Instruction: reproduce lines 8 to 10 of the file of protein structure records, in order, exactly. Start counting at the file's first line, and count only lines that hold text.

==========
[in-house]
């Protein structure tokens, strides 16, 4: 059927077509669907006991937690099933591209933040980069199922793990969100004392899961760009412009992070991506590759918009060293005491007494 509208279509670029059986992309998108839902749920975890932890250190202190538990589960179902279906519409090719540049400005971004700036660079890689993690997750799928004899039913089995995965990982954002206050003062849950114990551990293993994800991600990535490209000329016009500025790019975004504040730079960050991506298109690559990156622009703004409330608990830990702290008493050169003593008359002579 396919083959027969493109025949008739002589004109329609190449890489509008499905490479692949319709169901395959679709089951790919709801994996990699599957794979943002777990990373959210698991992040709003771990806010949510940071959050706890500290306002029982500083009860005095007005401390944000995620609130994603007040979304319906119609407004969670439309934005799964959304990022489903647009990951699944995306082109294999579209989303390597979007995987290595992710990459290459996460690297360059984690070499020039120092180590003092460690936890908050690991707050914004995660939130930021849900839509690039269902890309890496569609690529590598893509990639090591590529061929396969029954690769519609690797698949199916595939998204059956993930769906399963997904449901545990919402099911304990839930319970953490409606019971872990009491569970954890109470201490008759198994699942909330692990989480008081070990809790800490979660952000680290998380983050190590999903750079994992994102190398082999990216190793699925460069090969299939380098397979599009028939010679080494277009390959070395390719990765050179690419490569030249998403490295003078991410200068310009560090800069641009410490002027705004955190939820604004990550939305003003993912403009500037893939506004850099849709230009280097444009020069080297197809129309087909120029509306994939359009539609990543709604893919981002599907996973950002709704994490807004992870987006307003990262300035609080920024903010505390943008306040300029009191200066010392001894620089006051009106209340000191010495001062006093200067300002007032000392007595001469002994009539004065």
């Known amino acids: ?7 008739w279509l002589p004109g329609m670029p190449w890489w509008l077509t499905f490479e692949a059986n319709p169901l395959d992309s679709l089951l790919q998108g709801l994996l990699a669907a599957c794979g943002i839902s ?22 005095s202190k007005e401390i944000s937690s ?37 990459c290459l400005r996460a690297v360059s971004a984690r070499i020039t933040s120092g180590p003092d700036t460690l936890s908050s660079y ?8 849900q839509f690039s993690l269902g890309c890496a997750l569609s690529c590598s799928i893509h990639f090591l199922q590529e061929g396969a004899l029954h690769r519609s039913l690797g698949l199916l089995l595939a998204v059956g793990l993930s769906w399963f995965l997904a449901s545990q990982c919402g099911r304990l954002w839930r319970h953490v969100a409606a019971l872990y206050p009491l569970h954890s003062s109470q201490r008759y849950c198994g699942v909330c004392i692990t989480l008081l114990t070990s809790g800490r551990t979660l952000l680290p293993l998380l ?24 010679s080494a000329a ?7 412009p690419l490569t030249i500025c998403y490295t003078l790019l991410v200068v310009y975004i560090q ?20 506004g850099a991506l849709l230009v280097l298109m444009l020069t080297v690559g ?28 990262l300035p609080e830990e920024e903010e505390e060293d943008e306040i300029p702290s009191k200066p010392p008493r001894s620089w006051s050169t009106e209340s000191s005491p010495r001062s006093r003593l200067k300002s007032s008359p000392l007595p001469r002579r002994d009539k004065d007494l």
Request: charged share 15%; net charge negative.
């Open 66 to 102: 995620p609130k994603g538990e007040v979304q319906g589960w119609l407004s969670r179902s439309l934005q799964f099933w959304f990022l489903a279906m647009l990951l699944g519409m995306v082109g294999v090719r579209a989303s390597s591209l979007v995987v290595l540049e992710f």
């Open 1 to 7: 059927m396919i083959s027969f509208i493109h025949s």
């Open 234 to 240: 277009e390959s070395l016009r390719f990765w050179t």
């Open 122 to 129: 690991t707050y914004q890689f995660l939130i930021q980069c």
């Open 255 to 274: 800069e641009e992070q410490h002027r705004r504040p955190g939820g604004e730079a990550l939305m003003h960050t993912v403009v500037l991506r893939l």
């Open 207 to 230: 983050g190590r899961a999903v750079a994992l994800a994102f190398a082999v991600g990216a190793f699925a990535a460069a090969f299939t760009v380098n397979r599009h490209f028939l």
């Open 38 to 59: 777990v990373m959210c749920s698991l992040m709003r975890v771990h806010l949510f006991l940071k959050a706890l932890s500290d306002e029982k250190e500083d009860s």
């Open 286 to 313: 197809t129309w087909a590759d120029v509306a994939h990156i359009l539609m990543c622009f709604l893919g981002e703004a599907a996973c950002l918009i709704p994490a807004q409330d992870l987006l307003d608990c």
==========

């Open 122 to 129: 690991t707050y914004q890689f995660l939130i930021q980069c």
């Open 255 to 274: 800069e641009e992070q410490h002027r705004r504040p955190g939820g604004e730079a990550l939305m003003h960050t993912v403009v500037l991506r893939l």
């Open 207 to 230: 983050g190590r899961a999903v750079a994992l994800a994102f190398a082999v991600g990216a190793f699925a990535a460069a090969f299939t760009v380098n397979r599009h490209f028939l």